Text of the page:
We know that Moiraine can speak no word that is untrue, but she never says what she intends to do with the potential Dragon reborn when she gets him or her to the White Tower. While Aes Sedai seem more well known to the Two Rivers folk than they were in the novels, the mysteries of what an Aes Sedai can do with the One Power remain a large unknown. She is currently injured and was asleep for most of this episode, but her powers could still be at work. Is it her work that causes the wolves to herd Egwene and Perrin towards the Tuatha’an? Or is it indicative of him being the Dragon? He is the only one we see have another dream this episode. Does the fact that Egwene can channel point to her as the one Moiraine seeks? Rand’s super strength that is showcased as he breaks free of Dana could be an indication that he is the one? Mat feels like the least likely candidate at this point, but we are staring to notice strange behavior from him as well. At this point we only know who the Dragon was, not who or what he or she will be.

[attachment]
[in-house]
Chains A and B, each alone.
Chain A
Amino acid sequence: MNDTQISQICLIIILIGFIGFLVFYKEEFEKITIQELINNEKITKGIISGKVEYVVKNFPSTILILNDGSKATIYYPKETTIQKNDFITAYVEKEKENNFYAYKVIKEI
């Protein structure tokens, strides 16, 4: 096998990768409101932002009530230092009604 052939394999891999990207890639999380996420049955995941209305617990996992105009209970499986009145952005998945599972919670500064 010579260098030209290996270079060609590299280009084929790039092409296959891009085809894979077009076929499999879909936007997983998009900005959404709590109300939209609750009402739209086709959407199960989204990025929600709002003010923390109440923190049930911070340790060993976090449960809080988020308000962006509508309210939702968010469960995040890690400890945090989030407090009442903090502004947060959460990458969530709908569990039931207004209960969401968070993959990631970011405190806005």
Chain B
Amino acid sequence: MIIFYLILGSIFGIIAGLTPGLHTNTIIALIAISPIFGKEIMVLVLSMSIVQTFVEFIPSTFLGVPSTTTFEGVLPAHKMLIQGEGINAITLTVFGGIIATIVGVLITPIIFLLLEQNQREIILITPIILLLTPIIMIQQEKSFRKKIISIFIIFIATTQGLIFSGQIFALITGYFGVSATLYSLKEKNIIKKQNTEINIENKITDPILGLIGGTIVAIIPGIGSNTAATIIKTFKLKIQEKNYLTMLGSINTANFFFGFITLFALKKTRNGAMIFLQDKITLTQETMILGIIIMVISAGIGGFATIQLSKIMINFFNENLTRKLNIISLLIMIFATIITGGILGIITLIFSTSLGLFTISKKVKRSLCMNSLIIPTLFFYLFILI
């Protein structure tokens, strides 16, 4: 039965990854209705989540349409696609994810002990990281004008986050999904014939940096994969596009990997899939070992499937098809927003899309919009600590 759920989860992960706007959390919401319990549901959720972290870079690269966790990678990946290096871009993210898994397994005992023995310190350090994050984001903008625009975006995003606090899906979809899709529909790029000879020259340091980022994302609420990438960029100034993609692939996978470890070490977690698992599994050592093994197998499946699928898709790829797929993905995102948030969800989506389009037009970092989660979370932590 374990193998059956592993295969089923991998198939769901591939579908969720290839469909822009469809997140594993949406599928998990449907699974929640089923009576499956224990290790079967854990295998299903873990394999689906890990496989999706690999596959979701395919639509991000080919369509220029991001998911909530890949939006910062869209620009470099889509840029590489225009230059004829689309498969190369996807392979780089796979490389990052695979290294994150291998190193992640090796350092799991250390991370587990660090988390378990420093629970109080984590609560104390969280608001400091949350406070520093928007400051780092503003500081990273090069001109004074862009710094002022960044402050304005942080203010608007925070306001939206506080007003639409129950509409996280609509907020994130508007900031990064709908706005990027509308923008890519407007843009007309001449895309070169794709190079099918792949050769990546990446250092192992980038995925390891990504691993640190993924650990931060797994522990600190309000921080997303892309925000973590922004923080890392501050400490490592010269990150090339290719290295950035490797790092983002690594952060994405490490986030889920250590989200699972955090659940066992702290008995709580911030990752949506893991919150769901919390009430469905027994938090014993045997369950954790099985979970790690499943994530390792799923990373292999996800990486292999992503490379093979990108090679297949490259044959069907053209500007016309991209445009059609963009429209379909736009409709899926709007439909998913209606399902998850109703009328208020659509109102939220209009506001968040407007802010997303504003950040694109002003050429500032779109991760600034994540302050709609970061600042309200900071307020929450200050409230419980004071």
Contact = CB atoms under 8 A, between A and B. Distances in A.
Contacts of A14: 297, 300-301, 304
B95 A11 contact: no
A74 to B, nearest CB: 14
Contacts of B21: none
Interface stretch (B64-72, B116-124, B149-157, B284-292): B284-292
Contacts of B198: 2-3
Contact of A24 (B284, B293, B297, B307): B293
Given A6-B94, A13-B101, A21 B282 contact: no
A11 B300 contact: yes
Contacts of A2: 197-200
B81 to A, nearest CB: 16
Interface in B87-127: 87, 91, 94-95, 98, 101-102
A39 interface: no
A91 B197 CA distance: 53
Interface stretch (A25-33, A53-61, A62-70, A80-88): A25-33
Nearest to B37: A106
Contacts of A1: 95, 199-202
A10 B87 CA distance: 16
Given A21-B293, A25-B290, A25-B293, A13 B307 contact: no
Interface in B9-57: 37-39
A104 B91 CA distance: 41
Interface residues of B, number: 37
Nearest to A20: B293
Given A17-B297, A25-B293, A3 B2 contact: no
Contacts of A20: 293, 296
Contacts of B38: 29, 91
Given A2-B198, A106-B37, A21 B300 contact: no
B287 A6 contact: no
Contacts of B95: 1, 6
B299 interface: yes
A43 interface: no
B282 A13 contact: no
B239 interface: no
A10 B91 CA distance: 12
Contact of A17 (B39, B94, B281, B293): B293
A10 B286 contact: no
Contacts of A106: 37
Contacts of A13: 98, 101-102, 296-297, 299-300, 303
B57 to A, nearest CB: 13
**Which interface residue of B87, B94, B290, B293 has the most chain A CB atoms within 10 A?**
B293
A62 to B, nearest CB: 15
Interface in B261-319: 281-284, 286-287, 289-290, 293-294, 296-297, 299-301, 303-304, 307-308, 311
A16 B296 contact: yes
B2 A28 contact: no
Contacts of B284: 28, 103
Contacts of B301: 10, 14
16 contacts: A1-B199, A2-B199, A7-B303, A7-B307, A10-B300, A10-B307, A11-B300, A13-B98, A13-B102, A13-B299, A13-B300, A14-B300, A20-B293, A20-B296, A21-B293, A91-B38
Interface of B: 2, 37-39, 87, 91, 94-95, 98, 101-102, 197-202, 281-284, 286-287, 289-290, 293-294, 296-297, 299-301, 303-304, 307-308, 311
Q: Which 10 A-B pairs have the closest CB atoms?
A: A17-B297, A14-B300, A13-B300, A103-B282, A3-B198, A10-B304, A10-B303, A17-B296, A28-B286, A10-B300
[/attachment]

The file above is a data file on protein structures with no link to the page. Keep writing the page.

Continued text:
There is a bomb that drops in the last few moments that seems to shock even our characters to our core. As Dana reveals that she dreams of the FIVE of them, we are led to believe that Nynaeve should also be considered for the Dragon reborn as well. Her expanded strength may mean that she is where our eyes should be pointed in our search to decode who has been reborn as the Dragon in this turning of the Wheel. In future episodes we all need to be careful observers of the clues that are being left for us.
The recent revelation that Nynaeve could be the one Moiraine was wanting, even if she does not know it yet, makes the fact that the episode bookends with Nynaeve’s appearance highly appropriate. The last words spoken this episode were delivered by the deliciously smug Liandrin Sedai. “Didn’t you hear? We captured a man calling himself the Dragon Reborn.” This puts the mission Moiraine set out to accomplish; bringing the Dragon reborn to the White Tower so that he can be guided, is in peril, as is her life. Who is this man that Liandrin captured? Book readers will have an idea, for everyone else hold tight. His expanded story line is certain to be something we can all enjoy discovering. If the menacing look in his eye is any indication, he has been captured, but not beaten.